Kolleg’s first annual conference to examine legal exception and plurality
Taking place from 15 to 17 September, the Käte Hamburger Kolleg’s first annual conference will explore the relationship between legal exception and plurality. In doing so, it will address the question of how far the relationship between unity and plurality marks the same or a similar borderline as the relationship between rule and exception. Bringing together researchers from history, legal history, and anthropology, the international conference will mark the culmination of the annual theme “Exception and Plurality”.
Many exceptions to the law
The figure of the exception has a long tradition in law. The exigencies of day-to-day politics already shaped the law far more in ancient Rome than later codifications would suggest. In the estates-based societies of the Middle Ages and the early modern period, legislation was then based primarily on the granting of privileges to individuals or certain groups, these privileges being understood as exceptions to the rule-based common law. And, despite all efforts at systematisation, even law in modern times comprises a multitude of exceptions and special regulations.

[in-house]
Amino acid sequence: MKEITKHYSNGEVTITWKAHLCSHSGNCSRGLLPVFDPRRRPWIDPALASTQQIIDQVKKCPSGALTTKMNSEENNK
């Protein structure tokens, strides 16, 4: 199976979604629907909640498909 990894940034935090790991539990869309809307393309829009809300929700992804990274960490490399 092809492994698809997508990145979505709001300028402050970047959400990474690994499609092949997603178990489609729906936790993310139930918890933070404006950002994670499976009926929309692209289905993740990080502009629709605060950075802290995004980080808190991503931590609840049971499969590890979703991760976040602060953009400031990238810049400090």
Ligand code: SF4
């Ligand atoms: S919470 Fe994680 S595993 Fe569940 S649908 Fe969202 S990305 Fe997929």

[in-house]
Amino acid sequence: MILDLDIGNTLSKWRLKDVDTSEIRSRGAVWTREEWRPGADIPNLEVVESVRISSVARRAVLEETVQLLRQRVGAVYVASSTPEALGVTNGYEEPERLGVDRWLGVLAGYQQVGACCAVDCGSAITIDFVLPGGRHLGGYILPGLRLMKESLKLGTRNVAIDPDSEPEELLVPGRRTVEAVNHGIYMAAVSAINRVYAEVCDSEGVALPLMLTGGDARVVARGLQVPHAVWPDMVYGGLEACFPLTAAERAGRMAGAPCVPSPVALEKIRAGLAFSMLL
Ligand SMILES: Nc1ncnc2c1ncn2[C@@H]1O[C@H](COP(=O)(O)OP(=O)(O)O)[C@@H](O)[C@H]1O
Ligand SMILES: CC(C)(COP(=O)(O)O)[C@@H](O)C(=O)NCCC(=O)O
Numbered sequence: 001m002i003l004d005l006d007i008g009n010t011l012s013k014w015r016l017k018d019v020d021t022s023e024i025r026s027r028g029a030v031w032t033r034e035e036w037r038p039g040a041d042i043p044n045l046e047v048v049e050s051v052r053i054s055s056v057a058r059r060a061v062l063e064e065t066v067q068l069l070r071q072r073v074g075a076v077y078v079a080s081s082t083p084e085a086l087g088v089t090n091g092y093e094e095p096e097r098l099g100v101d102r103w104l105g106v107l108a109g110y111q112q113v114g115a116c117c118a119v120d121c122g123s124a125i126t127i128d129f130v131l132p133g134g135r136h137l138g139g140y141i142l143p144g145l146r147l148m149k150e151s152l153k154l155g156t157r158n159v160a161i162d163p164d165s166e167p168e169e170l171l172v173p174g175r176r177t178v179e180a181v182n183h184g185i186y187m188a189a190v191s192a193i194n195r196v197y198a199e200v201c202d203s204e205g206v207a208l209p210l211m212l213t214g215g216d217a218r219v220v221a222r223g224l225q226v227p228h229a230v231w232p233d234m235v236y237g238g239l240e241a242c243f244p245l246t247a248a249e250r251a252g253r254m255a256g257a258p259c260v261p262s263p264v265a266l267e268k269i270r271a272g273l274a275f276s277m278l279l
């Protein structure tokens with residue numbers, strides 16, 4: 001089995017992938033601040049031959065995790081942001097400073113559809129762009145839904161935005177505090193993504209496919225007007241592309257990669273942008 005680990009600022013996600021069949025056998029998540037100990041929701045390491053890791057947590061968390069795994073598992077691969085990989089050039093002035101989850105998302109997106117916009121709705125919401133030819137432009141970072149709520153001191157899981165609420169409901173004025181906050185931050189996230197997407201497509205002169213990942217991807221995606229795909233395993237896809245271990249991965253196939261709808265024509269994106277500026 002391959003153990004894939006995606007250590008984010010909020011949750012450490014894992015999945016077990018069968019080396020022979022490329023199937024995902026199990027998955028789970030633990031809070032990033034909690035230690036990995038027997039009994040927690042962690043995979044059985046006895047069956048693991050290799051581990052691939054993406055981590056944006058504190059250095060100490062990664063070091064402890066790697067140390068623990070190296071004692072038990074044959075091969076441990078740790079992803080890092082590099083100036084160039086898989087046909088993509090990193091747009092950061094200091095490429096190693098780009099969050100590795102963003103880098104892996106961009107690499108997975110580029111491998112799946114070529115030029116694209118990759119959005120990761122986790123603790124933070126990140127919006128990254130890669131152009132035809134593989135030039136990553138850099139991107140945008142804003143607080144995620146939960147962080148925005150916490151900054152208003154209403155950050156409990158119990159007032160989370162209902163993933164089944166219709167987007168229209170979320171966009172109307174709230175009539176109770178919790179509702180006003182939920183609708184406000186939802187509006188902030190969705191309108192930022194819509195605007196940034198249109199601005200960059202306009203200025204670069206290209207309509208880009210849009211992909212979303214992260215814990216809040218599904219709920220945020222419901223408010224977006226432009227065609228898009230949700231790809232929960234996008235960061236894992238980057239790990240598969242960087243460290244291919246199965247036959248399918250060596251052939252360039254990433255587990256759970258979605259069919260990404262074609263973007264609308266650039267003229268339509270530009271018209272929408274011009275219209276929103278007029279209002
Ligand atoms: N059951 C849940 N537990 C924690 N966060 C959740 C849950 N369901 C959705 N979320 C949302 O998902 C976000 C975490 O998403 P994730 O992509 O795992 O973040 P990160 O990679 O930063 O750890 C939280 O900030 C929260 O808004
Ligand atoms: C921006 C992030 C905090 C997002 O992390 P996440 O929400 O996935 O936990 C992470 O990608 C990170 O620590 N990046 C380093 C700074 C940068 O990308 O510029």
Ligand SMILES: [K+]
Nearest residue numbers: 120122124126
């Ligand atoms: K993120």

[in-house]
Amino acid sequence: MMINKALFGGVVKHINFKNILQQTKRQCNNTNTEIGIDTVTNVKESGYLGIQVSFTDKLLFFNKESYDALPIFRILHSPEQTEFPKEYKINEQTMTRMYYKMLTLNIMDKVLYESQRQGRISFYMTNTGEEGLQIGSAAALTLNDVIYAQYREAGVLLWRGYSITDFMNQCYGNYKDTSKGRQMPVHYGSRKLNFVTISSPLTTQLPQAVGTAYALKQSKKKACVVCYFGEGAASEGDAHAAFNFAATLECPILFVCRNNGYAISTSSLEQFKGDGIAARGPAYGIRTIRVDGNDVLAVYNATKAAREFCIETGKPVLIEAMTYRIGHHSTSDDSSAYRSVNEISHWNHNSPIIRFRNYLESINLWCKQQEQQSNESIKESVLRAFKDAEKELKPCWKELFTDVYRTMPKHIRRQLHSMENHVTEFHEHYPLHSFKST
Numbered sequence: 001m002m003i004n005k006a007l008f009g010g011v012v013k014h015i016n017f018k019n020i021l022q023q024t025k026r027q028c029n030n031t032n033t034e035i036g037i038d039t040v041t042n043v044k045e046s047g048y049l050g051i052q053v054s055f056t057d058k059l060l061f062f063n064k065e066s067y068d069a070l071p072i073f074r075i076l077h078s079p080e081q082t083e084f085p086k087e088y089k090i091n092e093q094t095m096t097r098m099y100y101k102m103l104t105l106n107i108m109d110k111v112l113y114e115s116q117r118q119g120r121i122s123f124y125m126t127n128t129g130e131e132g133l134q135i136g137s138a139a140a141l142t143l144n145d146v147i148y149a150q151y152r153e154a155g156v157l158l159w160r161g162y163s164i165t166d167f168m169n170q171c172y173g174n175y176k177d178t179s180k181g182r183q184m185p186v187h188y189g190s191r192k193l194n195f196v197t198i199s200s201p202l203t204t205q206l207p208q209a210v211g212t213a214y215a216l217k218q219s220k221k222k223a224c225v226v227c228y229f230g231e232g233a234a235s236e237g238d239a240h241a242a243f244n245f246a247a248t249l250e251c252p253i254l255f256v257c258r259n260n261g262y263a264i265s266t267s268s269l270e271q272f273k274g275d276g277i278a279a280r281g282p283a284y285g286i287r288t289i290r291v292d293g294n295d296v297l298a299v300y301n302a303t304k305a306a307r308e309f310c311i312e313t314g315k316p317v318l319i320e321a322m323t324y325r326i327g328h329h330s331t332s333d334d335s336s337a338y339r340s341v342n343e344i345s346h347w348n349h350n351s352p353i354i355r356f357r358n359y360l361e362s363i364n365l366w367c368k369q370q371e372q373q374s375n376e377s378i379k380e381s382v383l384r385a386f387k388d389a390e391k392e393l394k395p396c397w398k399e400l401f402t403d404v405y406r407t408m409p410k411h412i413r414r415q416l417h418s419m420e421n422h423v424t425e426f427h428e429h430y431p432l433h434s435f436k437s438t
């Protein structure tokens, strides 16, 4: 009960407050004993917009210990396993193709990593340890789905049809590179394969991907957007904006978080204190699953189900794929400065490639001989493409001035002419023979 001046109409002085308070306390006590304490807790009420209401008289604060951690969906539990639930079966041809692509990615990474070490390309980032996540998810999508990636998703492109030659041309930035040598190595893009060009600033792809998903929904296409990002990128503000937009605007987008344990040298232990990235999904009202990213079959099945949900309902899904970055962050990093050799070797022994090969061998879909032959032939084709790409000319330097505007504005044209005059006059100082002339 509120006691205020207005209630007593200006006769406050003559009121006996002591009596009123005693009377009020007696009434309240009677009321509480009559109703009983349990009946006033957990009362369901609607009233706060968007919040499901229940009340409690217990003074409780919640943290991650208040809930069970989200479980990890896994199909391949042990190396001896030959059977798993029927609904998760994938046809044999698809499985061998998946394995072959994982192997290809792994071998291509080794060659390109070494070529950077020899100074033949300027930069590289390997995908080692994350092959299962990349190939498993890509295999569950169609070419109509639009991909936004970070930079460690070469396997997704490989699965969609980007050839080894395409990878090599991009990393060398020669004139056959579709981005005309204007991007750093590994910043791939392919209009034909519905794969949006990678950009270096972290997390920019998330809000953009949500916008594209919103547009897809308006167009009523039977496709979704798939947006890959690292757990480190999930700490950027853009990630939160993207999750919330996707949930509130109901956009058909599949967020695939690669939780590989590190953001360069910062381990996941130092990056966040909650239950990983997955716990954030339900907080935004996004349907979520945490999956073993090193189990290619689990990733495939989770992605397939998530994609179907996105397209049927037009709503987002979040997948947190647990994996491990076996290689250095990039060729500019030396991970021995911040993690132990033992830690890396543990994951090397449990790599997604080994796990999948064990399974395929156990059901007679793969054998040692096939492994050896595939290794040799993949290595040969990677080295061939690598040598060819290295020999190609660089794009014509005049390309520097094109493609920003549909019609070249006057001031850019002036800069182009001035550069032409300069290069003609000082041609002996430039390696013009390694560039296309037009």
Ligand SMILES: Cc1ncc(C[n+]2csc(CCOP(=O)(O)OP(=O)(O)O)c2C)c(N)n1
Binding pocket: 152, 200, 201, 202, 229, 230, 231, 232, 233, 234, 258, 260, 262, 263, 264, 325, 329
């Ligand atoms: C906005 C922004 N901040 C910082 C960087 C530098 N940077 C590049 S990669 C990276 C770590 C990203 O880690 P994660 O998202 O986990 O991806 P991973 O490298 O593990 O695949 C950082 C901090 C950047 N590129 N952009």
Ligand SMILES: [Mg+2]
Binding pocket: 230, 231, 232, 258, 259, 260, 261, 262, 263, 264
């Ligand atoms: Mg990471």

A research question that is still open is how exactly, from a historical perspective, exceptions affected forms of legal pluralism or unity. “In the context of a conference that, like the Kolleg itself, is interdisciplinary and cross-epochal, it is impossible to achieve a comprehensive phenomenology”, emphasise the organisers and Kolleg directors Prof. Dr. Ulrike Ludwig and Prof. Dr. Peter Oestmann. “Instead, we aim at an intensive debate that may well be confrontational, but in any case should address open questions and conceptual problems”. Three sections are devoted to plural legal systems, legal and judicial practice, and the relationship between social diversity and legal pluralism. Lecture themes range from governance in a diverse society such as the Ottoman Empire, to early modern criminal policy in the Netherlands, and to how socially disadvantaged children in 20th-century Brazil are treated by the law.